Coronavirus Bill Should Be Targeted, Temporary, and Directed at Economic Fallout. The Senate Bill Does Not Pass These Tests.

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Coronavirus Bill Should Be Targeted, Temporary, and Directed at Economic Fallout. The Senate Bill Does Not Pass These Tests.

Mar 22, 2020 1 min read

WASHINGTON—Heritage Foundation President Kay C. James made the following statement on the Coronavirus Aid, Relief, and Economic Security (CARES) Act:

As a nation, we are facing a genuine crisis that threatens the lives and livelihoods of many of us. Like everyone, we are deeply concerned for our families, our neighbors, our friends, and the businesses we depend on. We also are concerned by many of the provisions in the CARES Act.

 

Legislation to keep workers connected to employers, provide stability for businesses caught in this uncertainty, and mitigate the overall economic effects of this crisis is necessary. To best accomplish these goals, legislation must be targeted, temporary, and directed exclusively at the coronavirus. This bill does not pass those tests.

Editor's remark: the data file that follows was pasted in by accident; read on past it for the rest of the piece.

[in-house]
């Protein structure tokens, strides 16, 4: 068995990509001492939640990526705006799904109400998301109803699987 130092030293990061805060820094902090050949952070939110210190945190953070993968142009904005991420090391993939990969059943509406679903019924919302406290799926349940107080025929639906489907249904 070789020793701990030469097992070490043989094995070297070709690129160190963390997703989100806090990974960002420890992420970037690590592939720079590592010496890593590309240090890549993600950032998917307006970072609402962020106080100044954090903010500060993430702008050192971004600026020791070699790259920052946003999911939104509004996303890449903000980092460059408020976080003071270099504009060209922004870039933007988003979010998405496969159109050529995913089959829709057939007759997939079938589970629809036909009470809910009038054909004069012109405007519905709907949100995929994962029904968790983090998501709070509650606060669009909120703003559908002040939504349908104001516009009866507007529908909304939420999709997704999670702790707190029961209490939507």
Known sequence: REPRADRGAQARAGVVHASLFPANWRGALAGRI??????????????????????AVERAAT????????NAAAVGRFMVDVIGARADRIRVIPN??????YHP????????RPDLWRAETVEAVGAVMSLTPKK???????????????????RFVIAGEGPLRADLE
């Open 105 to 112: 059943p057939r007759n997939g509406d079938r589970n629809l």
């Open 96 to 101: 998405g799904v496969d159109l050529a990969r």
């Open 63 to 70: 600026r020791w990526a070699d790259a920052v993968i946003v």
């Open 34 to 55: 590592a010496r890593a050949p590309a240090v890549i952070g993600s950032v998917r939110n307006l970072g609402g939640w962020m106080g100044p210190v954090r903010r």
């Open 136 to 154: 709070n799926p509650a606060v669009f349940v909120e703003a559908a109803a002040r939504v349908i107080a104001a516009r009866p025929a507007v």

Generous bailouts for businesses and extremely broad federal assistance programs won’t best help those hit hardest or get our economy back up and running when the time comes. They’ll do what Washington programs often do: hurt the American people through unintended consequences while enriching a select few.

 

Of course, we are encouraged to see certain improvements made in the legislation, especially a number of sound tax provisions and a significant waiver of federal education mandates. Heritage’s policy experts have outlined a number of proposals that would do more to help Americans suffering from the economic effects of the coronavirus pandemic.

For a more detailed Heritage Foundation analysis, which was written in response to the initial draft of this legislation, see “Senate’s Coronavirus Bill: Bailouts, Missed Opportunities, and Positive Reforms.”

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